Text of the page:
Wrenn and Six to recur fetches isn’t the most impactful strategy, but the two-mana Planeswalker has ended up being quite impressive—even if it doesn’t intersect with your deck’s immediate goals, it’s a must-kill threat. During testing last week, my opponent landed the emblem, which taught me new respect for the dryad-druid dyad. Turning spare lands into recast Remands or Skreds is powerful, but even just pinging or pulling back the occasional Prismatic Vista while soaking up damage is useful—especially when you have a Ice-Fang Coatl in hand.

Because you’re running a dozen-ish basics, you can run Blood Moon—even turn two off a Boreal Druid. That’s one of the more interesting parts of building with Snow synergy—you have to cut out the staples of the formats: you can no longer win with Inkmoth Nexuses or Creeping Tar Pits or default to a full load out of fetches. You’re on new terrain, and it resists modular deckbuilding. You have to get creative—speaking of, here’s the worst Snow deck, which is possibly the most fun of all:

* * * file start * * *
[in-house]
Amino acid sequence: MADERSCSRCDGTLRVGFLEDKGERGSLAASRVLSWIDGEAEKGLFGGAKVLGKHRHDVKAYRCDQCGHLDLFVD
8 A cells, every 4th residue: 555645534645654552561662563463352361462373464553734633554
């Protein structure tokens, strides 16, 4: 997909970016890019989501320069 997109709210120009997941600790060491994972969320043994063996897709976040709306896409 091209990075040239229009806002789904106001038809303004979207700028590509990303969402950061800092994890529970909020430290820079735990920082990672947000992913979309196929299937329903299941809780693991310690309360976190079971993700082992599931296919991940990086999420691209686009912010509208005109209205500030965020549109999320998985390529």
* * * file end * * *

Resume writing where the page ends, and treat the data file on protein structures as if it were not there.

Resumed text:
Modern Lage on a Luge

Creatures (16)
Ice-Fang Coatl
Coiling Oracle
Venser, Shaper Savant
Abominable Treefolk
Blizzard Strix

Spells (14)
Peel From Reality
Familiar's Ruse
Into the North
Cryptic Command

Artifacts (4)
Arcum's Astrolabe

Enchantments (3)
Marit Lage's Slumber
Lands (23)
Prismatic Vista
Misty Rainforest
Snow-Covered Forest
Snow-Covered Island

Churn out Ice-Fang Coatls and bounce them back to your hand until you can summon Marit Lage—or until your opponent Nature’s Claims your Slumber. Seriously, this deck isn’t good, but it feels right. Here we are at the end of summer, which means it’s time to dream of snow—even if, as is increasingly likely, our snow days are numbered.